Introduction to forensic engineering

Start this free course now. Just create an account and sign in. Enrol and complete the course for a free statement of participation or digital badge if available.

Free course

# 5.7 Mechanical analysis

What stresses is a radiator reservoir subjected to in service? They can be calculated from the internal pressure of the system using standard formulae (Box 19). The water in the cooling system is under pressure, and one value suggested by the manufacturers was 25 psi. This is equivalent to a pressure of about twice atmospheric pressure, or 0.1725 MN m−2(1 psi = 6.9 kN m−2). When values of r = 22.5 mm and t = 2.5 mm are inserted in Equation (7), Box 19, it produces a hoop stress of about 1.55 MN m−2, a value well below the measured strength of the worst sample of about 55 MN m−2. What could cause the material to fail? In the discussion in Paper 3 it is suggested that four kinds of stress raisers that could initiate a brittle crack (page 193).

1. Geometric stress raiser at the buttress corner.

2. Internal voids.

3. Cold slug fragments.

4. Frozen-in strain.

Estimating the net effect of all these factors working together is difficult. Using the known dimensions of the buttress corner, it was possible to use a stress concentration diagram (Figure 40, Box 14) to estimate a Kt value of about 4.2. The model chosen to represent a void at a cold slug, for example, was that for a penny-shaped crack (Figure 71). However, the evidence for the existence of such a shape in the fracture surface was rather weak, because distinguishing a void from a crack growth region was difficult from the micrographs. Nevertheless, a value of Kt of about 6 emerged from the analysis, so that a net stress concentration of about 25 (6 × 4.2) could have been working to weaken the wall near the buttress corner.

Figure 71: Standard reference for calculating stress concentration of cavities under tension (Peterson, 1997)

The final factor was the distortion in the reservoir noted earlier. It was possible to calculate the effect it could have produced from a tensile curve made during mechanical testing, together with the observation of the widening of the crack in the whole failed sample reservoir. The analysis gave the surprisingly large value of about 20 MN m−2 (page 194, Paper 3). Thus, the net effect on the potential initiator was for a total stress of about 59 MN m 2. This value is now comparable with the strength of the weakest sample tested, so it seemed reasonable to conclude that the combination of defects initiated one, or more likely, a series of cracks, which created the final leak.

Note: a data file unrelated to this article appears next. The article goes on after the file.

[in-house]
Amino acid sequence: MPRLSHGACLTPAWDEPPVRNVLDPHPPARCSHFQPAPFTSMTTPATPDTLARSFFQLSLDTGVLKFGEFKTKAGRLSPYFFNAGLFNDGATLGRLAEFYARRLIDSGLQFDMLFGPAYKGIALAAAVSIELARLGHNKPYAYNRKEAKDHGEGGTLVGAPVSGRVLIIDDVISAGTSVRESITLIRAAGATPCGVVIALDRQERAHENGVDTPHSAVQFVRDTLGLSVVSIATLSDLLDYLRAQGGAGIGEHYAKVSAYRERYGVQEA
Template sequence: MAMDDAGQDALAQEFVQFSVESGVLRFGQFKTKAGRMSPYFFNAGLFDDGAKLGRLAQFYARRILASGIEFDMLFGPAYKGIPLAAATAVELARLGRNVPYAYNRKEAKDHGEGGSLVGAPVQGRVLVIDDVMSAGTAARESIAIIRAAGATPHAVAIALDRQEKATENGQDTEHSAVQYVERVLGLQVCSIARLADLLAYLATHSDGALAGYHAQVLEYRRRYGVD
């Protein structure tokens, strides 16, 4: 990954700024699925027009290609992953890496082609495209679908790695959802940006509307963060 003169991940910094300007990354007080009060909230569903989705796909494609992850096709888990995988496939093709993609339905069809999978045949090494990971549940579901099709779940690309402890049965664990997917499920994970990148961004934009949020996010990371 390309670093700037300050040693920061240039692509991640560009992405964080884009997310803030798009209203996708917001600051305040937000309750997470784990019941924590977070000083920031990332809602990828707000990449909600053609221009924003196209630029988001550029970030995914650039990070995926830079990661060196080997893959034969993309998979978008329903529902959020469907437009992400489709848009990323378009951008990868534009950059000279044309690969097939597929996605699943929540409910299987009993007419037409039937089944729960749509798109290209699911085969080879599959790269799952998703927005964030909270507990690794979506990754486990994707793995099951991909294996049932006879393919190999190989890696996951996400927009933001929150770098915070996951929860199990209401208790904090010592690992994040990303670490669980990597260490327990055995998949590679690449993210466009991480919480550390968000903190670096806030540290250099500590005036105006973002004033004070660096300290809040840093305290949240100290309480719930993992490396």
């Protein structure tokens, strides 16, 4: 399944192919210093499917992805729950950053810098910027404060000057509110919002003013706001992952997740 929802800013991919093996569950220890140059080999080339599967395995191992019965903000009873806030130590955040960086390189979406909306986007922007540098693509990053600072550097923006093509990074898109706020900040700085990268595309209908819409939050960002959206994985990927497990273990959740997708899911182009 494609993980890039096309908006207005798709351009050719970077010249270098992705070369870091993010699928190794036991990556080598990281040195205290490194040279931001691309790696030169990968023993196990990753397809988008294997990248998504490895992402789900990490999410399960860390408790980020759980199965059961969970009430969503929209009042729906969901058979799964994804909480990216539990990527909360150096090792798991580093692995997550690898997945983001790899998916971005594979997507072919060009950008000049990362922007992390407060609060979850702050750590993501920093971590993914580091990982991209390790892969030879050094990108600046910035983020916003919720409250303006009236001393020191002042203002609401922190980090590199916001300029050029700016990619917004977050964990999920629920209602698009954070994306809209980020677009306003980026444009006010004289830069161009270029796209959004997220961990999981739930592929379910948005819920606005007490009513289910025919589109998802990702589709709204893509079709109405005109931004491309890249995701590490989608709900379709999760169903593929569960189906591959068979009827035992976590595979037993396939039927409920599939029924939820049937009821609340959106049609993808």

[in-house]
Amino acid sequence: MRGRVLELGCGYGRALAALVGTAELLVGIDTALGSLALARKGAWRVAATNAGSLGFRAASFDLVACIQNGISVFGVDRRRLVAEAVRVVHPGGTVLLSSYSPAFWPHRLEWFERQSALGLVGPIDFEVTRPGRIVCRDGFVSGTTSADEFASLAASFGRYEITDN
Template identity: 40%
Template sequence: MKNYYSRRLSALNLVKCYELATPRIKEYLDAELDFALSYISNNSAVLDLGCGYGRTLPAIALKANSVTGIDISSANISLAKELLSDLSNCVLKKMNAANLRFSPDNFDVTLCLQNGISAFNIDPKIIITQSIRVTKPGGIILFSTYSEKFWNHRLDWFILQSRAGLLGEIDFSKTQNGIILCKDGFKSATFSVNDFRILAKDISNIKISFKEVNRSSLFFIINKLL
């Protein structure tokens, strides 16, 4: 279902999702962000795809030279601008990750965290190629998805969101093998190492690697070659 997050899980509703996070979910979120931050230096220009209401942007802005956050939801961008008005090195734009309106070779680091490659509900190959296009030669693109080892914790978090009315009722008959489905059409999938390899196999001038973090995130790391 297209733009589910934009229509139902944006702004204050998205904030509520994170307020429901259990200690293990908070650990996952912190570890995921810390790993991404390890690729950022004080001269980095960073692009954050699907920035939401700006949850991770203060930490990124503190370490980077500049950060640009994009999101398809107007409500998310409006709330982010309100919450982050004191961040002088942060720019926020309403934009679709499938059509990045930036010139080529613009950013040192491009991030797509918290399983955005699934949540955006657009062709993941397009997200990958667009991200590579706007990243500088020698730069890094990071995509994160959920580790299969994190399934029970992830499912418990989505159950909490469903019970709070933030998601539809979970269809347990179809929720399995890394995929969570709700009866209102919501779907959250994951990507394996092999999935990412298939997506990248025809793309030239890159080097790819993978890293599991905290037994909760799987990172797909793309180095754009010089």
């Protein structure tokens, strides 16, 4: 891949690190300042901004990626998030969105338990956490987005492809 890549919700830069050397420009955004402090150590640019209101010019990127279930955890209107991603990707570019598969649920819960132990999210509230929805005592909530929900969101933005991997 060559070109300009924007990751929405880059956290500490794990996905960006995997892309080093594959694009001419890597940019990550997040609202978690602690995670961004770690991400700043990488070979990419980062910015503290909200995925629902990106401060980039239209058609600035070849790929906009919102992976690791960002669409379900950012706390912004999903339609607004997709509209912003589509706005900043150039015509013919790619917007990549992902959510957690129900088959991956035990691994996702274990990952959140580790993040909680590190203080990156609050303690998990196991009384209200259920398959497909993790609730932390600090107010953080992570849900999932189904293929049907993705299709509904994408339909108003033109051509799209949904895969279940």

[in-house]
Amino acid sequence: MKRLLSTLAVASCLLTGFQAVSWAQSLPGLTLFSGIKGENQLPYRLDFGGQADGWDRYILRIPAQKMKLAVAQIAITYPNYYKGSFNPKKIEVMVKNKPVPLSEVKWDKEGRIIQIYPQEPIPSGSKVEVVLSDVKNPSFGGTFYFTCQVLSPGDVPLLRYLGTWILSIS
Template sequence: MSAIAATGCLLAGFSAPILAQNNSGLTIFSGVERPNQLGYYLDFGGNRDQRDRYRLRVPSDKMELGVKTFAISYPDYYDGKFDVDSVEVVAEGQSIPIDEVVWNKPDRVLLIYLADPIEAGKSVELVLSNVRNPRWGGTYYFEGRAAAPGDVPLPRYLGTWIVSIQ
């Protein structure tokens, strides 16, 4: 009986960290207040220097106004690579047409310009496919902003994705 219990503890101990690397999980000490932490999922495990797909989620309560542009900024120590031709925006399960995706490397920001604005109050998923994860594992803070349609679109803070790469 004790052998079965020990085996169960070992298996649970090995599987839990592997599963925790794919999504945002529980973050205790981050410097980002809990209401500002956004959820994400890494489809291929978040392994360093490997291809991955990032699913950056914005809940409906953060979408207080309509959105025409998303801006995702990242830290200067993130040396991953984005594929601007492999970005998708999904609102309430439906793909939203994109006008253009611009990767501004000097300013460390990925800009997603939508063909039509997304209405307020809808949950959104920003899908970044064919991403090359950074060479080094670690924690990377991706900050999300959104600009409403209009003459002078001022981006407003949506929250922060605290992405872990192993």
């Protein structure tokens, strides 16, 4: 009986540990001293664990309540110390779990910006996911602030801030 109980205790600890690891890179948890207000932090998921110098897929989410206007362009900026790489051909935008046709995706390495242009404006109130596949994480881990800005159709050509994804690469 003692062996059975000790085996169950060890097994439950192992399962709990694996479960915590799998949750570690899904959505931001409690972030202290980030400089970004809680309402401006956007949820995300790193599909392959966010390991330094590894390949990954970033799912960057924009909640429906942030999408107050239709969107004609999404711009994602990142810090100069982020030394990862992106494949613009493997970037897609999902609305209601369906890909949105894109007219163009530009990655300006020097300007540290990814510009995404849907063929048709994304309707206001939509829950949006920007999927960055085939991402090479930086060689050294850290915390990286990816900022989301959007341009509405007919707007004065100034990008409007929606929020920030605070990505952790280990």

## Box 19 Pressure pipes and vessels

A pressurised pipe can be analysed relatively easily for the stresses on the pipe wall, and this is surprisingly useful in a range of practical problems. There are two stresses at work in a thin-walled pipe: the hoop stress σH around the circumference, and the longitudinal stress σL acting along the main axis of the pipe (Figure 72). (A thin-walled pipe is defined as a pipe where the wall of thickness t, is less than about a tenth of the radius r, so t is small compared to r. For simplicity, consider there to be an internal pressurep that is constant at all places.)

Analysis shows the hoop stress is the largest stress in the wall and is given by the equation

The longitudinal stress is half the hoop stress and is given by the equation:

When the wall is more than a tenth of the radius, separate equations must be used, although they have a similar form to the above equations. An important inference from the above analysis is that longitudinal cracks grow preferentially to hoop or circumferential cracks. As cracks grow at right angles to the load, longitudinal cracks grow from the hoop stress, while hoop cracks grow from the longitudinal load on a pipe. If hoop cracks are found in a pipe, it therefore implies they have grown under a different load regime than simple hydrostatic pressure.

Figure 72: Wall stresses in pressurized pipe

## SAQ 18

Draw a diagram to show the most likely sequence of events that ultimately led to the failure of the reservoir. Indicate on the diagram the evidence on which the sequence is based. Show the original cause of the failure, and discuss how the manufacturer of the radiator assembly could tackle the problem with the moulder of the reservoir.

Based on the comprehensive analysis of potential and actual defects found in the fracture surface, it is possible to construct the sequence of events in Figure 73. To the right is shown the evidence that pointed to each event.

Figure 73: Sequence of events and supporting evidence leading to car engine seizure

The cause of failure was faulty moulding of the radiator reservoir. The most likely origin being when an early moulding was placed by the operator in the tub intended for delivery to the assembler of the parts intended for the new car. As several cars were being tested, and only one radiator failed, it is unlikely the other reservoirs were poorly moulded. The overall moulding procedure was probably correct, the fault lying with the operator who mis-identified the sample.

The problem could be tackled by informing the moulder of the cause of the problem, and asking for a review of quality control procedures. This could include both discussion of instructions given to operators and sampling procedures used after moulding.